Your child is about 8-11 month old, a bit younger or older, and you are about to leave for work. Or, you have decided to have few hours off for a shopping. Or, you just want to take the book you left in the other room. But the very moment you leave the room, for whatever reason, your little one starts throwing a tantrum and hangs on your leg with a loud cry. What you see is baby separation anxiety – a perfectly normal stage of emotional development which almost all kids and parents experience.
What is baby separation anxiety?
At about 5 month of age, you will notice that your baby is a big fun of a peek-a-boo. This love for hide-and-seek game means that he begins to grasp the concept of object permanence, i.e. he understands that things exist even when they are out of his sight. So, now when you leave the room, your baby knows that you still exist but that you are gone. And since your baby does not have the feeling of time yet, he thinks you are gone forever.
Separation anxiety happens to almost all kids, but its strength may vary. Though you might not be in power to avoid it, our few tips on how to overcome separation anxiety in babies may be of some help.
1. Choose the right time
Baby separation anxiety usually peaks at around 8-11 months, so avoid starting daycare or childcare with an unfamiliar person when your child is at this age. Plan everything in advance and introduce new caregiver and daycare staff to your baby slowly. Give your baby time to start feeling comfortable with new people and environment and to trust them. Ask your new babysitter to make few visits and play with your kid before leaving them together alone for the first time. On the day when you plan your long outing, make sure your baby is not tired or hungry, and ask the babysitter to arrive half an hour early so she can engage with the baby before you leave.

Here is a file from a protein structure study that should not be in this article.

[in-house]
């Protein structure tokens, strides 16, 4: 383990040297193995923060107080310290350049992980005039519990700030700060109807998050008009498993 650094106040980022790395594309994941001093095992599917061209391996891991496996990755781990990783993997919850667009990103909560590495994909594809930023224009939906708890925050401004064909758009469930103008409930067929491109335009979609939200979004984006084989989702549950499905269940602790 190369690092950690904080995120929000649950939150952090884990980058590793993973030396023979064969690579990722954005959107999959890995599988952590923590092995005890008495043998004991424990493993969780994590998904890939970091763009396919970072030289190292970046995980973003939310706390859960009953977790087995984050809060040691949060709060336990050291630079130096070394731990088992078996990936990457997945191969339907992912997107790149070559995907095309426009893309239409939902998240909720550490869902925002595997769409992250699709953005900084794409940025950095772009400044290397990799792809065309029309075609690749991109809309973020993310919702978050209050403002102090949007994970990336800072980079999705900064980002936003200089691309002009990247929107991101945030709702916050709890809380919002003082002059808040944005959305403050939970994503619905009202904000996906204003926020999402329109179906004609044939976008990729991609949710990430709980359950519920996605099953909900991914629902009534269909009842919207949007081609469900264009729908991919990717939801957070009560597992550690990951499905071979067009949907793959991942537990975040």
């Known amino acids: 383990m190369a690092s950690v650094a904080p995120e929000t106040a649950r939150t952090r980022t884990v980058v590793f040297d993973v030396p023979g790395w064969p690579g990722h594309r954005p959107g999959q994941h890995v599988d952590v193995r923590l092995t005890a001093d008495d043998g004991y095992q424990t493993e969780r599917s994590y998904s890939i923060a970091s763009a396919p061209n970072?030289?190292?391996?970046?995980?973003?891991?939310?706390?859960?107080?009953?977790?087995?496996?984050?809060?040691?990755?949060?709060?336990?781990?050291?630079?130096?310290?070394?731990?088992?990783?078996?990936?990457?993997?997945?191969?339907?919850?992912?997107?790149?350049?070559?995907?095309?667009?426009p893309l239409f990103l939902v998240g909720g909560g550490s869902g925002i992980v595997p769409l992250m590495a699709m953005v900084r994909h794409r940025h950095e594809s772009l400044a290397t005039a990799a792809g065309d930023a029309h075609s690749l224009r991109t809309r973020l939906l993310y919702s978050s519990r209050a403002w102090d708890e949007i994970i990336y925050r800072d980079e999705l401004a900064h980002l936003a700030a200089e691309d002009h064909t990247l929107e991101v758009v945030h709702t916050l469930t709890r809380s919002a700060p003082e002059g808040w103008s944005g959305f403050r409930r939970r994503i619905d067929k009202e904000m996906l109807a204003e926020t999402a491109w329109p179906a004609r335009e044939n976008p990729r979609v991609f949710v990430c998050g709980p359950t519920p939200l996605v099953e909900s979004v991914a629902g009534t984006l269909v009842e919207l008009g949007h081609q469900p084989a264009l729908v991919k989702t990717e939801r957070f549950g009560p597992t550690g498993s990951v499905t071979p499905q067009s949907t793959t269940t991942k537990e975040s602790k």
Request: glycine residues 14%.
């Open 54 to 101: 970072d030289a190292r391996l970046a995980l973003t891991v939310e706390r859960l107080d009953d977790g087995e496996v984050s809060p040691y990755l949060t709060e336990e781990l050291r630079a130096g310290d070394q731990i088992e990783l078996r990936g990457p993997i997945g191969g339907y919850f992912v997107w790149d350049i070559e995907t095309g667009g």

2. Practice it at home
Sometimes babies initiate a short separation themselves, for example, when they crawl to another room. Wait a few minutes before going after her. Or, every time you leave the room where your baby is, take some time to explain her that your are leaving the room, but you will be back. This will help your child to learn that your actions are predictable and that you will always be back to her.
3. Have a good-bye strategy
Resist the temptation to sneak out of the back door. Even if it helps avoid baby’s cry, he will become more upset when he discovers that you have disappeared. Develop an exit strategy. Always say goodbye and tell that you will return soon. Say something simple, like “See you soon, baboon.” Give a hug and a kiss, and look positive, even if your baby starts crying. Most probably, your kid will stop it few minutes after your step out of the door.
4. Be consistent in what you do
Your exit ritual must be pleasant but firm. Stay calm and show confidence. Once you leave, leave, because returning will only make things worse: you will have to leave again anyway. If you have made a promise to return at a certain time, for example, after lunch or baby’s nap, keep your promise.
If nothing seems to work, think if the babysitter or the day-care provider is a mismatch for your baby. Try leaving your baby with someone for shorter periods and then gradually increase the duration. Re-evaluate your goodbye strategy: are you nervous and tense when you leave, do you sneak out too often?
5. Stay positive
Think about the positive side of the situation. When your little one is unwilling to part with you, it means she has developed a healthy attachment with you. Eventually, your child will understand that you always return, but will also have an opportunity to develop some independence. The baby separation anxiety usually eases at around 24 months and may be fully gone when your baby turns 3 years old. Meanwhile, give him plenty of cuddle time when you are at home.
What is your experience with handling your baby’s separation anxiety? Which strategy worked best? Share your experience with us.